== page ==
Largest companies 2008 vs. 2018, a lot has changed - Milford Asset

Largest companies 2008 vs. 2018, a lot has changed

Stephen Johnston

Portfolio Manager

Stephen is the Co-Manager of the Milford Global Equity Fund. He has a wide range of investment experience across global financial markets and different asset classes. Prior to joining Milford in 2013, Stephen was a partner at London based Adelante Asset Management where he was a Senior Portfolio Manager, managing an Emerging Market Equity Fund. Prior to Adelante, Stephen was a Portfolio Manager in London at Threadneedle Investments and Convivo Capital Management, managing various Emerging Market Funds.

Stephen holds a Bachelor of Laws and a Bachelor of Commerce from the University of Otago and was admitted to the Bar as a Barrister and Solicitor of the High Court of New Zealand in 1995.

What a fascinating time to be an investor! The world is changing at a phenomenal pace and nothing illustrates this better than looking at changes in rankings of the world’s largest companies. Mind you this is not a global trend, but region specific. Let me tell you more.

Stating the obvious, you will not be surprised it is the technology sector that is the key catalyst for change in the world. Technology companies not only dominate our daily lives (how many times have you checked your iPhone today?) but also the ranking of world’s biggest companies. More on that in a moment.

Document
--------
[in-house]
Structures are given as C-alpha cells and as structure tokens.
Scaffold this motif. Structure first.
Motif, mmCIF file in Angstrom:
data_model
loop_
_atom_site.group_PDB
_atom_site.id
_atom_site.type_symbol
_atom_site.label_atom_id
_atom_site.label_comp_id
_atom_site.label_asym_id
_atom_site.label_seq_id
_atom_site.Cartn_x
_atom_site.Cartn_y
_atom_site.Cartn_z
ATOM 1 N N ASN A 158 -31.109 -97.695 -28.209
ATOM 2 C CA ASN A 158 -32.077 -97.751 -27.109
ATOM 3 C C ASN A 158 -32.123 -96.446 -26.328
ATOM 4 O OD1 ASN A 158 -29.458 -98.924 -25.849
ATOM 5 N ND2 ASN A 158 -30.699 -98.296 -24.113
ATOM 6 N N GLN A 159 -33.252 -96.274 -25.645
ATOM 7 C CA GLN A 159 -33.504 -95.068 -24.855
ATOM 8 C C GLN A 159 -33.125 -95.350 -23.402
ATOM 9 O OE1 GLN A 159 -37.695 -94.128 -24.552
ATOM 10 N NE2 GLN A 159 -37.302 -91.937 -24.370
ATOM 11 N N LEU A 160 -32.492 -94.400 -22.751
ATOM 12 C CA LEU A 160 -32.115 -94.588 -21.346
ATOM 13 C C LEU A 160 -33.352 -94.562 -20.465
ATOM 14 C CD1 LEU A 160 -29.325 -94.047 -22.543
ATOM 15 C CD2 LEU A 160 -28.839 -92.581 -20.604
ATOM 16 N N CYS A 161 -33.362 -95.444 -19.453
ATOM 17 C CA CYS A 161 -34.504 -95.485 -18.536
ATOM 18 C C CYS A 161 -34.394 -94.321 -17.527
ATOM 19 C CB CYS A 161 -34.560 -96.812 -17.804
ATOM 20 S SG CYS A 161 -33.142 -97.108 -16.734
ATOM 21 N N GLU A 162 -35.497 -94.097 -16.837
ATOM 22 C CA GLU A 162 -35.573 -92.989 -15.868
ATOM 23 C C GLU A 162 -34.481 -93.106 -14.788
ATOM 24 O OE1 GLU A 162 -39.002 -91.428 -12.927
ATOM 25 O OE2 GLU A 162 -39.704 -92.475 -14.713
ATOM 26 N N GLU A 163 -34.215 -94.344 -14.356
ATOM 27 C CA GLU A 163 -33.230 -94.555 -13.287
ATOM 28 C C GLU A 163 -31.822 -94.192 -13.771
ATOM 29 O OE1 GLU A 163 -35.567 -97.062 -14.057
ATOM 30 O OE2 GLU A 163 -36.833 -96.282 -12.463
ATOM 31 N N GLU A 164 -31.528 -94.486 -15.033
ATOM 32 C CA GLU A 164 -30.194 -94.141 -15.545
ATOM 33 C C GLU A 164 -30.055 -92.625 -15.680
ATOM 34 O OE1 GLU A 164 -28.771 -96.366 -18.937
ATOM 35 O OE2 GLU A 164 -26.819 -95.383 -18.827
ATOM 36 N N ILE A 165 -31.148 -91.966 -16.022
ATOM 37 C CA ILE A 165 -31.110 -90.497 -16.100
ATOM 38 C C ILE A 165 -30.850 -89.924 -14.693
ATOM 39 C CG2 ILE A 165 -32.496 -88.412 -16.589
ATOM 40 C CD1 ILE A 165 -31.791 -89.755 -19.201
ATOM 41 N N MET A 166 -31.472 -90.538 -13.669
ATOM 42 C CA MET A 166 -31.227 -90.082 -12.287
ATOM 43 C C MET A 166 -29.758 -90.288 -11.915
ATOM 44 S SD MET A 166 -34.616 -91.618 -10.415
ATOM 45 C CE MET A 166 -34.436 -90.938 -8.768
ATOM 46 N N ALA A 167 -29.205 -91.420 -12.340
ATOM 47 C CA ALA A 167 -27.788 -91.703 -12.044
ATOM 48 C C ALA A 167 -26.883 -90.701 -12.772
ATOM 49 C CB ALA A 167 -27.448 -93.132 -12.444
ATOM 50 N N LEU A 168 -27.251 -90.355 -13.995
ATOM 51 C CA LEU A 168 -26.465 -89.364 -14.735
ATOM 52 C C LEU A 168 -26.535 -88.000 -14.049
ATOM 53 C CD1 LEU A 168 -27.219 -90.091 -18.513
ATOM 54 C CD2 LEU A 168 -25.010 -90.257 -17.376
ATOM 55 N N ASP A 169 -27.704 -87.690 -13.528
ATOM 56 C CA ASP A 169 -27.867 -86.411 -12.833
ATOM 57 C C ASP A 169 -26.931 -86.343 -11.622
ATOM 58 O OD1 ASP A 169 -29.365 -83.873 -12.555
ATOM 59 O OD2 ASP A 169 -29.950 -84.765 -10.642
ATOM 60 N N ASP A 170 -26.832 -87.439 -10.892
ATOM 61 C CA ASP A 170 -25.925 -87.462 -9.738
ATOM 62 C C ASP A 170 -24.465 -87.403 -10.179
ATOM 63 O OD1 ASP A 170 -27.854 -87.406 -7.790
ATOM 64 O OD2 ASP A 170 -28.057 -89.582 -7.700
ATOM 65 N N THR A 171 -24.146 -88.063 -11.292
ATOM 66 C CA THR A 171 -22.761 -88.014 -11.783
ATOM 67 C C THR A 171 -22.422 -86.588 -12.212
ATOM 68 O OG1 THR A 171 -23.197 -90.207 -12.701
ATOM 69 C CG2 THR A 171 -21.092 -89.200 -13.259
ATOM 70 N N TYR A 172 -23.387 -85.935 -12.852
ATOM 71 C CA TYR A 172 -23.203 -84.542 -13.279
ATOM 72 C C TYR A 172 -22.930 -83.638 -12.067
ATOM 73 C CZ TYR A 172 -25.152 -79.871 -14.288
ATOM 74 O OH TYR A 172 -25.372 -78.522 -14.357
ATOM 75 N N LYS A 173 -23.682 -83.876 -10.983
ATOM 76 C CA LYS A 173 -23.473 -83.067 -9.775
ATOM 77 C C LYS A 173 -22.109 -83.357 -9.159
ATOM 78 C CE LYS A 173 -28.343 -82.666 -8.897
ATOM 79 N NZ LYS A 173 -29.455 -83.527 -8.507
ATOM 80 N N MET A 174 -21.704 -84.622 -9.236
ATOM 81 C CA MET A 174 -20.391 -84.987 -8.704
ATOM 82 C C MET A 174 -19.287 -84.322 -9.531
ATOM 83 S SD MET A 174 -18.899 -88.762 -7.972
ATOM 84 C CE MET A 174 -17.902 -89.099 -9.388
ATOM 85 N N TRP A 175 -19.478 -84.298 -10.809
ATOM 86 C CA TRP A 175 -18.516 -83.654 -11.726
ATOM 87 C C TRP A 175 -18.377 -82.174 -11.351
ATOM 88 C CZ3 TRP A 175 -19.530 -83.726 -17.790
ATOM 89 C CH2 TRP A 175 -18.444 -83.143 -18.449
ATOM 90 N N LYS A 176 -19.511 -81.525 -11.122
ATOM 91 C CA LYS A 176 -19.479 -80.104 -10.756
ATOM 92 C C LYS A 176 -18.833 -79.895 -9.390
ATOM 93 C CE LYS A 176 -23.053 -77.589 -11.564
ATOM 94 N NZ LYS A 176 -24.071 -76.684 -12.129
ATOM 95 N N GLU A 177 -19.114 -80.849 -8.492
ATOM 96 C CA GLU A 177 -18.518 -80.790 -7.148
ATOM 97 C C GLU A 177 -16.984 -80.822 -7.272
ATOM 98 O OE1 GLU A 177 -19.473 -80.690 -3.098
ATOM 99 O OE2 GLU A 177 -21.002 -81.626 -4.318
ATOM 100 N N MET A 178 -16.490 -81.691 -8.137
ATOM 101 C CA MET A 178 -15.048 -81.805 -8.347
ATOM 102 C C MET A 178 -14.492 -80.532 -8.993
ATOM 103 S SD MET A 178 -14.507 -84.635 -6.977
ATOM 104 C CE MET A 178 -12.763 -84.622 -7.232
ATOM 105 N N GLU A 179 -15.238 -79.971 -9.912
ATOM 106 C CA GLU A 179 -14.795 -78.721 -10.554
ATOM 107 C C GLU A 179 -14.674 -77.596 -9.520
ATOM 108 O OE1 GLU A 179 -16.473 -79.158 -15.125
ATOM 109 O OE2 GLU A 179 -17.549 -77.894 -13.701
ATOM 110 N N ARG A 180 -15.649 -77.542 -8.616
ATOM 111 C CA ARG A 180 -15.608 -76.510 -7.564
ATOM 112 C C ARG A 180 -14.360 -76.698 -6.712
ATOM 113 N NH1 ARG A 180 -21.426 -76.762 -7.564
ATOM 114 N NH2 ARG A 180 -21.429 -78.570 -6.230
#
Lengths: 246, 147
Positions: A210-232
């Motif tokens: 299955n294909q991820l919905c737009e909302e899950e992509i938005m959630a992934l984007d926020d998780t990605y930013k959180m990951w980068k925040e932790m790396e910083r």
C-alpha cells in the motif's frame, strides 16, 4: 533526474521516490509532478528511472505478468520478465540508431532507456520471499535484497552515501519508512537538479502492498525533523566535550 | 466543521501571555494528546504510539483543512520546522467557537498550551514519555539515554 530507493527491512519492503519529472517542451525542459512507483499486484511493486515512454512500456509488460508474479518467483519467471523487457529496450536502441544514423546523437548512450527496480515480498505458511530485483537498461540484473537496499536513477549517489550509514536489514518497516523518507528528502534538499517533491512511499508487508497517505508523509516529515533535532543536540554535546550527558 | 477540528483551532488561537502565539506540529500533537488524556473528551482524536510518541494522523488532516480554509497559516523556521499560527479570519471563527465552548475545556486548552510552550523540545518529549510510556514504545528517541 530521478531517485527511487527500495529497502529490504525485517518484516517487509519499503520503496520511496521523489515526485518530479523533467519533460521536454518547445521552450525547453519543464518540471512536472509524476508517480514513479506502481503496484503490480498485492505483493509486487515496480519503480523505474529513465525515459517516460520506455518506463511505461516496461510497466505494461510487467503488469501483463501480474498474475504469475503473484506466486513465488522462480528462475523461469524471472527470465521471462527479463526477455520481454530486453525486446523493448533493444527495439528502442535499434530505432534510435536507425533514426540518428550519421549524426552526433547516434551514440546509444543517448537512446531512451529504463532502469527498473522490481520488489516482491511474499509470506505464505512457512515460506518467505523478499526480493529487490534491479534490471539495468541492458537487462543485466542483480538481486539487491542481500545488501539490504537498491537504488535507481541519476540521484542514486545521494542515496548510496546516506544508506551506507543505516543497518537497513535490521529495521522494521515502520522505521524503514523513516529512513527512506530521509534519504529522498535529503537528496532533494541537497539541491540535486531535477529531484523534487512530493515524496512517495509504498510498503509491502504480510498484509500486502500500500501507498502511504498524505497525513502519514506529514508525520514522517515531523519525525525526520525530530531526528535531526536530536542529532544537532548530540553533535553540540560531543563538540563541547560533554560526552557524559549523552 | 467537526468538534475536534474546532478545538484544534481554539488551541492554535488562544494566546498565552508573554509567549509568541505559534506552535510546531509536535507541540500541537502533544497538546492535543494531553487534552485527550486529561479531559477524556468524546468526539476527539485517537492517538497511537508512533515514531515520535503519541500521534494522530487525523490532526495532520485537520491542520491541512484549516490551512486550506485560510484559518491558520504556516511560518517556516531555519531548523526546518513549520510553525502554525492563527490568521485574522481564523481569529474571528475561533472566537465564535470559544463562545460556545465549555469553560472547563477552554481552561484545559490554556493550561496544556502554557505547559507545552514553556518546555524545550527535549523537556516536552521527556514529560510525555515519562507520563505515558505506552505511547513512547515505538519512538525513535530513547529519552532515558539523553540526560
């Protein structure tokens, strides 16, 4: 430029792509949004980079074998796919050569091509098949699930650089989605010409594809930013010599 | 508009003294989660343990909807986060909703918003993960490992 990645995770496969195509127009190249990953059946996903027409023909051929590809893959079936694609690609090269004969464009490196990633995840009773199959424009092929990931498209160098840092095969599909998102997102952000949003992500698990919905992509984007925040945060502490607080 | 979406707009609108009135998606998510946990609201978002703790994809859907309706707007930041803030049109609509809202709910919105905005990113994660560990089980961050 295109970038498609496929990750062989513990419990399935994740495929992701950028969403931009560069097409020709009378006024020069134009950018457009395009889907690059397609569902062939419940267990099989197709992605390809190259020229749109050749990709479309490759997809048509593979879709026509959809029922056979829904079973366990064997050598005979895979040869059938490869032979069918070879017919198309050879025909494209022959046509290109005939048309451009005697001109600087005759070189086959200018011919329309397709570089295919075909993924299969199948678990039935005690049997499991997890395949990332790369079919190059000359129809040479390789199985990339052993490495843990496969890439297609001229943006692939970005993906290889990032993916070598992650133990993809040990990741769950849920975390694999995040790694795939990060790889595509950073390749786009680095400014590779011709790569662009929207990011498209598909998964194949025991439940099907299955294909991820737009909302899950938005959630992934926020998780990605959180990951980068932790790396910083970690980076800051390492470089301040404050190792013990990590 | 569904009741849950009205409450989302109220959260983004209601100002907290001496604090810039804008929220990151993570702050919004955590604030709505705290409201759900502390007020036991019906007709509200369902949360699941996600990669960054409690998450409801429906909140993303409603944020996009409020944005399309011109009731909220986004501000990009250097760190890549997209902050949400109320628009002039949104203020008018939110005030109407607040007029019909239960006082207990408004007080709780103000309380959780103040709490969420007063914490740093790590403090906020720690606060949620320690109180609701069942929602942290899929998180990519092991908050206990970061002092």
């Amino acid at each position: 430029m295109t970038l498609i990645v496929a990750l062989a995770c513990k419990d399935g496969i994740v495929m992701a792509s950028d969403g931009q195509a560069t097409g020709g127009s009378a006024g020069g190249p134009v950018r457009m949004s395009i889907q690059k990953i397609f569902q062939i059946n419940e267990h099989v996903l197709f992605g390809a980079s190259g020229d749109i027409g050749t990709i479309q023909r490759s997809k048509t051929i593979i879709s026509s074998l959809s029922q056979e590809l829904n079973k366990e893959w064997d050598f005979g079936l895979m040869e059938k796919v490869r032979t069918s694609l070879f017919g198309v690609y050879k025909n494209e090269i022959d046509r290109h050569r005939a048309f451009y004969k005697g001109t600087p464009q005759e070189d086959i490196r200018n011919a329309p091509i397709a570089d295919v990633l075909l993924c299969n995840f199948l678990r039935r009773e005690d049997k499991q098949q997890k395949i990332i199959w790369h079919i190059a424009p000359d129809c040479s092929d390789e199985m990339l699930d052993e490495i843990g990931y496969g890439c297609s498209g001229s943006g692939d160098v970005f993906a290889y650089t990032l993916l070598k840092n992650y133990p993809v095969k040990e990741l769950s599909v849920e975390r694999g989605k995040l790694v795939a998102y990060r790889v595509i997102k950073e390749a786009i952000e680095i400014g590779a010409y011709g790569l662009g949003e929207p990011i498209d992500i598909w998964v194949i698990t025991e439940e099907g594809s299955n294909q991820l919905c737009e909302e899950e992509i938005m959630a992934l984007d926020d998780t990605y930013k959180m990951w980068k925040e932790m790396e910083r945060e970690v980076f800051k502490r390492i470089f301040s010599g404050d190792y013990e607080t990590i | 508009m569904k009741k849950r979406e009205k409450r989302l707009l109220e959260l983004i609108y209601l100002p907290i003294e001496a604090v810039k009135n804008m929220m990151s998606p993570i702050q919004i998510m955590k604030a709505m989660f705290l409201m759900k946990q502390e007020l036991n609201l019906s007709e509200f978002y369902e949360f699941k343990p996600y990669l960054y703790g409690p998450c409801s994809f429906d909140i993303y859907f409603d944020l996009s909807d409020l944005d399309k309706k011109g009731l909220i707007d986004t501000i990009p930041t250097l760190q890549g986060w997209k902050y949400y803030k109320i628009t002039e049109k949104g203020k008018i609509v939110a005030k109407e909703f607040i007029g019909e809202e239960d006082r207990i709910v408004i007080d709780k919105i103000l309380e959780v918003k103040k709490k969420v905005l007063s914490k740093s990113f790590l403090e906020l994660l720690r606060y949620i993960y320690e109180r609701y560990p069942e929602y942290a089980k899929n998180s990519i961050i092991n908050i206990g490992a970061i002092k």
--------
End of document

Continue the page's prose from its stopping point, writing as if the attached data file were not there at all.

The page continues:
Who do you think the smartest graduates want to work for these days? It’s not the investment banks anymore but the T shirt, sneaker wearing, fast moving internet giants like Amazon, Google and Facebook. These technology giants are achieving world domination by investing heavily in developing new products and services leading to an explosion in innovation and faster growth. As these companies become more dominant, they are disrupting established companies. Think of the impact of Amazon on the retail sector.

These large technology companies which benefit from globalisation, are accessing new markets. Any promising small company that could compete is quickly gobbled up by its larger rival. For example, Facebook acquired upcoming threats WhatsApp and Instagram, while Google has made more than 120 acquisitions in the last 10 years (1).

Now back to company rankings. The US is where we are seeing more rapid changes in its biggest companies than any other region. The table below shows the top 10 US companies ten years ago versus today, ranked by market value (market capitalisation) in US dollars.

Exxon the oil giant was the biggest company in 2008 with a market value of US$492 billion. Interesting to note that Apple, now the world’s largest company, was only the 15th largest in the US in 2008. Amazon the current market darling, was only the 82nd biggest company with a market value of US$36.5 billion.

Fast forward ten years to 2018 and the change in ranking of the top 10 companies in the US is quite dramatic. Apple is now the largest company in the US, and the world, with a market cap of US$890 billion (about 5.5 times New Zealand’s 2016 GDP). Look at the dominance of technology companies! Now the five biggest companies in the US. If you had held Amazon shares for the last ten years, you are a “lucky individual” as your investment has gone up in value by an astonishing 12 times. Can you believe Facebook was only founded in 2004 and is already the 5th largest company in the US?

Okay, what about closer to home, are we seeing technology companies dominating the top ten in Australia and New Zealand as well?